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Minmin Yan, Qing Li, Quanshan Long, Liang Xu, Na Hu, Antao Chen; Evaluative distractors modulate attentional disengagement: People would rather stay longer on rewards. Journal of Vision 2022;22(8):12. doi: https://doi.org/10.1167/jov.22.8.12.
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© ARVO (1962-2015); The Authors (2016-present)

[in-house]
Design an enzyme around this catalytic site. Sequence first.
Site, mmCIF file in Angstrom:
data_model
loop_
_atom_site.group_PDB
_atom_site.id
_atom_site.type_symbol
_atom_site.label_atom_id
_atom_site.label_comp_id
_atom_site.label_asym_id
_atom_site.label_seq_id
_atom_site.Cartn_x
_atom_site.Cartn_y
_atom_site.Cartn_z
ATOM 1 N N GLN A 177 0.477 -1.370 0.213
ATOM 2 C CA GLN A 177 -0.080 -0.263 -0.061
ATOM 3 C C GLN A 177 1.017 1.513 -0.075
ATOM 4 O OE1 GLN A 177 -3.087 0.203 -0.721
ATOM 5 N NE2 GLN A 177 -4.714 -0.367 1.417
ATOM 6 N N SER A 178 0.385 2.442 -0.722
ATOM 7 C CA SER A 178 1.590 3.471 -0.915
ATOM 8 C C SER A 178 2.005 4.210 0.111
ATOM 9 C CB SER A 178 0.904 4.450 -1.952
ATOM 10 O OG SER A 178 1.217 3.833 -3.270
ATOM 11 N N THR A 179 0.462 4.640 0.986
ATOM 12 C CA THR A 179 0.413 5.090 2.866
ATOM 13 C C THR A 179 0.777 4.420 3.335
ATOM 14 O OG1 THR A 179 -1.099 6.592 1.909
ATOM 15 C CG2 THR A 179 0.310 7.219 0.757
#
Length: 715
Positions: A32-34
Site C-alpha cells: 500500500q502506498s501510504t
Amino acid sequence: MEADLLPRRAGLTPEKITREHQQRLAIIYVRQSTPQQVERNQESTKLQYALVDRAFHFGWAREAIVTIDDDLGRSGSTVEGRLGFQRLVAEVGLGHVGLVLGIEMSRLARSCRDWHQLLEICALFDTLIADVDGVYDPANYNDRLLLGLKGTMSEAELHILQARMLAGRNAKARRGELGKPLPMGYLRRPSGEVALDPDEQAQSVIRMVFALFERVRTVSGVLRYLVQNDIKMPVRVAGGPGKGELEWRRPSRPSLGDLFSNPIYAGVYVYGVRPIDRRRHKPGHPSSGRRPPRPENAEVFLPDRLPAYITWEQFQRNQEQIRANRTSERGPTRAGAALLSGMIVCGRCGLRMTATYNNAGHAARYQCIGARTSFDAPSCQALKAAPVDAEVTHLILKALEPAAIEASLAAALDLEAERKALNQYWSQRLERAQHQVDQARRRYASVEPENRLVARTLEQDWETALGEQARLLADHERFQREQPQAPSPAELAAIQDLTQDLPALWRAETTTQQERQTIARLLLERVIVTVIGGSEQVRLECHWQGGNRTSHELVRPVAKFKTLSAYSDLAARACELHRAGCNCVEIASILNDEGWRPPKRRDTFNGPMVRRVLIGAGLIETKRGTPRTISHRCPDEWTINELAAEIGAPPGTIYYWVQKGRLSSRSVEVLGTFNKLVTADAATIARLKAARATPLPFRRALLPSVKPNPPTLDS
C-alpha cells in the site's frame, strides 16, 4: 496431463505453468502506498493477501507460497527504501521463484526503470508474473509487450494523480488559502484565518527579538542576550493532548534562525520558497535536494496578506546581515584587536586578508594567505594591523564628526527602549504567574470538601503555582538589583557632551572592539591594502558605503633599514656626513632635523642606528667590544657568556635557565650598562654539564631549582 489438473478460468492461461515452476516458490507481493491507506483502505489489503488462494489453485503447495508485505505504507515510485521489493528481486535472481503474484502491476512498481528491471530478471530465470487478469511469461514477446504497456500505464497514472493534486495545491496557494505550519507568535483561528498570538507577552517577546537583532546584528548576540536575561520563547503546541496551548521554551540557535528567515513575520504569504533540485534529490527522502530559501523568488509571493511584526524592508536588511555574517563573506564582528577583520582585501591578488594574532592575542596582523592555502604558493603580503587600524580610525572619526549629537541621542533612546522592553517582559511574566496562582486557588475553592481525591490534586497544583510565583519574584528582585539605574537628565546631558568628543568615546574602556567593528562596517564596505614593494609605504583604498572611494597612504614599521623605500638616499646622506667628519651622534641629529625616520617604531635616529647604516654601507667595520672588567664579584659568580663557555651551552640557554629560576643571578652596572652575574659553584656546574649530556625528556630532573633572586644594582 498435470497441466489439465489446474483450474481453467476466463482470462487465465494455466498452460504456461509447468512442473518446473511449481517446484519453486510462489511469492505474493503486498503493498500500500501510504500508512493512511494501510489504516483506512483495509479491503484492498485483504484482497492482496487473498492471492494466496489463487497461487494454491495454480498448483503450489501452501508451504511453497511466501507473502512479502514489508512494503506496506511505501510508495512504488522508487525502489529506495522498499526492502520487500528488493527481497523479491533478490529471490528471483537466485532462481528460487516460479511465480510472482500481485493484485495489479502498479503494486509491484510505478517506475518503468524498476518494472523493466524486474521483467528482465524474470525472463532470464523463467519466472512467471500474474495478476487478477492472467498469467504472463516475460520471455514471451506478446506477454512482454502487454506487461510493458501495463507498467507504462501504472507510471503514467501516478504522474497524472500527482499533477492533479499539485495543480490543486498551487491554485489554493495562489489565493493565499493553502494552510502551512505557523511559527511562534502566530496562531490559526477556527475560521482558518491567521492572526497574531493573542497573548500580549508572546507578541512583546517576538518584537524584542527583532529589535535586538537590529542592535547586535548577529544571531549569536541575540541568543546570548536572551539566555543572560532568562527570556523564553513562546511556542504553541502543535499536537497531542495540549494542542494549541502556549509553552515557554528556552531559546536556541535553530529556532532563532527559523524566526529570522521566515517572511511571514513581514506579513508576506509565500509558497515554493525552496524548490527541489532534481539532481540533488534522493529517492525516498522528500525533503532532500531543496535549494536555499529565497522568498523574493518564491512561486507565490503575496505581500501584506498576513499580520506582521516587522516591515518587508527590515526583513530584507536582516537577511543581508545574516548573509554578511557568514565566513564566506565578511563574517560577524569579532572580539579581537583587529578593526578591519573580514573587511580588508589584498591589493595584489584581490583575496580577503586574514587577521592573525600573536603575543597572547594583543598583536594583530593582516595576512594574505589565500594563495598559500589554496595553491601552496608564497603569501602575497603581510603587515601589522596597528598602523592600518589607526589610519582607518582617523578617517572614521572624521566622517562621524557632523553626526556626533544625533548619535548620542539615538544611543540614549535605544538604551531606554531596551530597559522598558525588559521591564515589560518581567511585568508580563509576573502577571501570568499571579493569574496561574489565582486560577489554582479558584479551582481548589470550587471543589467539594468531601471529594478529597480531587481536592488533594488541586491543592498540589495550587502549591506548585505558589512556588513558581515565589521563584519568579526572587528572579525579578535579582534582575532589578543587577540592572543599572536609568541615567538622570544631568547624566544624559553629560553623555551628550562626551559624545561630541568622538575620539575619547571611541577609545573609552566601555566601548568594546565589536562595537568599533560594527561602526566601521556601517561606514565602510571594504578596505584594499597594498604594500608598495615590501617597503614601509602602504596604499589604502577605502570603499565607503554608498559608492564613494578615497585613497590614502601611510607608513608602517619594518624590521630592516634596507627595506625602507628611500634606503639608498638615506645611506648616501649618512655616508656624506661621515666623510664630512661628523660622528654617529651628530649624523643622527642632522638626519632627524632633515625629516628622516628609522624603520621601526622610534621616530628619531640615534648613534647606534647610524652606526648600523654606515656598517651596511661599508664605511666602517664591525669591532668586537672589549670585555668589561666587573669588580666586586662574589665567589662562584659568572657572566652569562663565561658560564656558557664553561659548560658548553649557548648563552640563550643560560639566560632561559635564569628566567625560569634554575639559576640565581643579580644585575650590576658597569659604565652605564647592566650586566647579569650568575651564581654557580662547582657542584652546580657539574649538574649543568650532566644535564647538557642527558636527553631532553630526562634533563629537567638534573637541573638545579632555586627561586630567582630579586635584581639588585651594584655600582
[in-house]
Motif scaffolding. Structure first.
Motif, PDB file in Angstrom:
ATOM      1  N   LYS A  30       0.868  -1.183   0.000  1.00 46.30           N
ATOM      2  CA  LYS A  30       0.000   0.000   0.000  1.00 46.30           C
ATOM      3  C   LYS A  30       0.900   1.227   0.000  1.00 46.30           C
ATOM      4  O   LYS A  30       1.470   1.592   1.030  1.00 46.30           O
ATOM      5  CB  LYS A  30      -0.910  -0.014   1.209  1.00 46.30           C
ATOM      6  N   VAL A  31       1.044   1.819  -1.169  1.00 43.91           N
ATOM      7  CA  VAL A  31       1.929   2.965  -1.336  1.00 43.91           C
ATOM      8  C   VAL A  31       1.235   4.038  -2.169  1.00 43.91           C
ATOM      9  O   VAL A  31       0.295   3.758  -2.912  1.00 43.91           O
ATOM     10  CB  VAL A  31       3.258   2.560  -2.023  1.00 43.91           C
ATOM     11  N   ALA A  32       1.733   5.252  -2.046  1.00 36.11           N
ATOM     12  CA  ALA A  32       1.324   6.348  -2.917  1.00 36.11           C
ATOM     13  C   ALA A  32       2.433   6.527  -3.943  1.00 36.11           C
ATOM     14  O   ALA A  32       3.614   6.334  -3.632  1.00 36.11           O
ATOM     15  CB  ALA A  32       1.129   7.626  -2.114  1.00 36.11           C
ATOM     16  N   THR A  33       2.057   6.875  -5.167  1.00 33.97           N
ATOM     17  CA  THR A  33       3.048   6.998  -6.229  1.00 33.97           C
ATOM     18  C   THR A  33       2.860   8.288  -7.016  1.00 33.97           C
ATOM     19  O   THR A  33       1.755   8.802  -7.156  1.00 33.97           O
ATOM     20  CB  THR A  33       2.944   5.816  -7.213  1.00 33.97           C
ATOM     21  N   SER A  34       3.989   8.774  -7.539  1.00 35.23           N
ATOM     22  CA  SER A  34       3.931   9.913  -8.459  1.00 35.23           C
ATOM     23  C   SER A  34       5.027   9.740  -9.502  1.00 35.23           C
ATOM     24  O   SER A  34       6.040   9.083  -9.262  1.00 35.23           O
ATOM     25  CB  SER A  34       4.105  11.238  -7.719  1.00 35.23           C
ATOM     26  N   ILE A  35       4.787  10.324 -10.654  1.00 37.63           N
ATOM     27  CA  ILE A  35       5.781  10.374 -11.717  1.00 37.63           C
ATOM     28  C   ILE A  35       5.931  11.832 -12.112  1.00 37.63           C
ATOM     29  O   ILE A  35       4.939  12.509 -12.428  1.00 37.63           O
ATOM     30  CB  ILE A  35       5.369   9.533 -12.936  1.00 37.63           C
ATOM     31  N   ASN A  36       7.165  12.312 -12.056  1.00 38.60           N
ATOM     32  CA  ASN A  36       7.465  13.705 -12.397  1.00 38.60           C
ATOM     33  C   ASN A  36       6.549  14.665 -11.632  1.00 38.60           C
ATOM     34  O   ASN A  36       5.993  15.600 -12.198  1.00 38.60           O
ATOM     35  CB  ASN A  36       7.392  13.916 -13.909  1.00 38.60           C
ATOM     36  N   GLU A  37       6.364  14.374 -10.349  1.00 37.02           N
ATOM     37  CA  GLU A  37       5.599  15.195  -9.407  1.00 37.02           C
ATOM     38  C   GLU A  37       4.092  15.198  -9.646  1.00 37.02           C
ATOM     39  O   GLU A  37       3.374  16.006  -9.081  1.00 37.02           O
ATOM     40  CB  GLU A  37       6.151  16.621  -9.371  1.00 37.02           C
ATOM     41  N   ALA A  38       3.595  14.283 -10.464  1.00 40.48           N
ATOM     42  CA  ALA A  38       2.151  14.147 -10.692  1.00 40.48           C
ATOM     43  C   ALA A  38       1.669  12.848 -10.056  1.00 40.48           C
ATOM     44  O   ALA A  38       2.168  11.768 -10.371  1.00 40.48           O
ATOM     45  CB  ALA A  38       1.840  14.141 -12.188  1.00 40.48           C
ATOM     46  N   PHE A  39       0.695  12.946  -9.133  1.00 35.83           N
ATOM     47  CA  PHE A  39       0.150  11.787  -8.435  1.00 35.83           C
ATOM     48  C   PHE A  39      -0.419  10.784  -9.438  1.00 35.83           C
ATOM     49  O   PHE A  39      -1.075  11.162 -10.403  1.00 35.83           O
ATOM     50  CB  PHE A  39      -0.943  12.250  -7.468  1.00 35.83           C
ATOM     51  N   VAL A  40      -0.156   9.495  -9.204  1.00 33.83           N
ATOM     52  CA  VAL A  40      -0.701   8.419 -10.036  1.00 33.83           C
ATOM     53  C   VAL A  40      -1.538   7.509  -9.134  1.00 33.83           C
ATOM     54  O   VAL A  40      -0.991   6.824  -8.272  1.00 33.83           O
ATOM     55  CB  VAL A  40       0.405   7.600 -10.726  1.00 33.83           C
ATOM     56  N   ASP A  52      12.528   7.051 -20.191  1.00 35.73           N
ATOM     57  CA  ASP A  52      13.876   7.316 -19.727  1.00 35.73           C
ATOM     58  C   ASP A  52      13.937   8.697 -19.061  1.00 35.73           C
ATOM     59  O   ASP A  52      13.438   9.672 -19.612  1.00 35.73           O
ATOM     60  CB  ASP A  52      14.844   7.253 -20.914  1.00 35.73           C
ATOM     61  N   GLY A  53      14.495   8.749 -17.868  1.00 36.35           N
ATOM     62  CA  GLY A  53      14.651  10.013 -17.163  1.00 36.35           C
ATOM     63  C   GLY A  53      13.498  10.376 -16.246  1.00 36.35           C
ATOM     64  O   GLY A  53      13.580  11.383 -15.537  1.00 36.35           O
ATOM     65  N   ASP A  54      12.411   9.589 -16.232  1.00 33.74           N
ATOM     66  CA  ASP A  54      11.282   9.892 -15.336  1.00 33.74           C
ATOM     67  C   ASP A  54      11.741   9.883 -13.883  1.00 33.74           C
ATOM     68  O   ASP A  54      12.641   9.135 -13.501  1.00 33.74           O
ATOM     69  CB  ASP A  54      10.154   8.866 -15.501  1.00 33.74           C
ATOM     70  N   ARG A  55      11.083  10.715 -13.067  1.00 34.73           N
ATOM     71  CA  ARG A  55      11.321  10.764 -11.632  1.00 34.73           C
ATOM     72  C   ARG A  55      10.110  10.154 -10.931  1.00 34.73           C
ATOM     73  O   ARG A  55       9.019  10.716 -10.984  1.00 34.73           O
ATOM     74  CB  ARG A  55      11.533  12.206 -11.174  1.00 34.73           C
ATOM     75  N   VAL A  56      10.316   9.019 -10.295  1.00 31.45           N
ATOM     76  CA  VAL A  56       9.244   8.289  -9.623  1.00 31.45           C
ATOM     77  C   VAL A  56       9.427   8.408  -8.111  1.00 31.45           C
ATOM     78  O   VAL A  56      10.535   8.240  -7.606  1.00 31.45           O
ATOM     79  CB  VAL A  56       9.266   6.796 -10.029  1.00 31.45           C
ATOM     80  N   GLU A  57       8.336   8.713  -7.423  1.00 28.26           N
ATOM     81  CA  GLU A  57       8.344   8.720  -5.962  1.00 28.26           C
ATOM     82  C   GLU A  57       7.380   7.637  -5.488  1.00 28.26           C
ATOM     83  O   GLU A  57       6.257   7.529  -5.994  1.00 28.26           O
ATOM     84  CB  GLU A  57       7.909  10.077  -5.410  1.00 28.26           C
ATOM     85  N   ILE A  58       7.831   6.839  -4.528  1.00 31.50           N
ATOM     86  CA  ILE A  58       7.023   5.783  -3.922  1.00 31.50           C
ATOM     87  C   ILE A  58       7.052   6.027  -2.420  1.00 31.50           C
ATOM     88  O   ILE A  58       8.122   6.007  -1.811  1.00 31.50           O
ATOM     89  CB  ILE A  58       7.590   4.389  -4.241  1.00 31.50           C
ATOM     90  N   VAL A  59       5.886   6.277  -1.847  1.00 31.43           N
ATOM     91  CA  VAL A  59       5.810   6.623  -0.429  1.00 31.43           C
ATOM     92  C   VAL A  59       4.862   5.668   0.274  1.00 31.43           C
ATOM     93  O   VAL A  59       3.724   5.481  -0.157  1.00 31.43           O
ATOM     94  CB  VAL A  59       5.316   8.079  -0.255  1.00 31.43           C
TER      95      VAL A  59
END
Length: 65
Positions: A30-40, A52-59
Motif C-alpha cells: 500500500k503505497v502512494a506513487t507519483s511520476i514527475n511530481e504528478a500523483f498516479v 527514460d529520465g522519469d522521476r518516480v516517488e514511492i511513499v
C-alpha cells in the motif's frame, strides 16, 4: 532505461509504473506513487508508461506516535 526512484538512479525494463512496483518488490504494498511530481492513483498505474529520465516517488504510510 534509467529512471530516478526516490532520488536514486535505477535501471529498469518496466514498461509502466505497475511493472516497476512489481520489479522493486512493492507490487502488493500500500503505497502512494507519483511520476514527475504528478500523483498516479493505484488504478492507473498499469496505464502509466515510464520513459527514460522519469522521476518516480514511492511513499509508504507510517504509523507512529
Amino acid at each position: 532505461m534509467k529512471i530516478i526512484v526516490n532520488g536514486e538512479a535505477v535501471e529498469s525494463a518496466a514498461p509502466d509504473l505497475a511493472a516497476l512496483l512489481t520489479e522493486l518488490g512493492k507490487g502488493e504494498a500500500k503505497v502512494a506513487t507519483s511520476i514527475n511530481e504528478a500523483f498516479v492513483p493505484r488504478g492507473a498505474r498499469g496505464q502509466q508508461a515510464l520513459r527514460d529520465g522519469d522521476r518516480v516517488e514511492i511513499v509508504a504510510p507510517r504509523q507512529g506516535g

Attentional disengagement is of great significance to individuals adapting to their environment who can benefit from disregarding the attraction of salient and task-irrelevant objects. Previous studies have suggested that, in addition to causing greater financial loss compared with neutral distractors, reward distractors hold attention longer than neutral distractors. However, few studies have directly compared the attentional disengagement differences between reward-associated and loss- or punishment-associated stimuli. In the current study, we used different color singleton stimuli tied to reward or punishment outcomes; the stimuli were present in the center of the screen. Participants were required to respond to a line within the target at a peripheral location. The results showed that the response to the target was slower when the central distractor was associated with a reward than with punishment. This finding reflects that, although participants understand that reward-associated and punishment-associated stimuli have an equal opportunity for the same economic benefit, they still take longer to disengage from a reward distractor compared with a punishment distractor.
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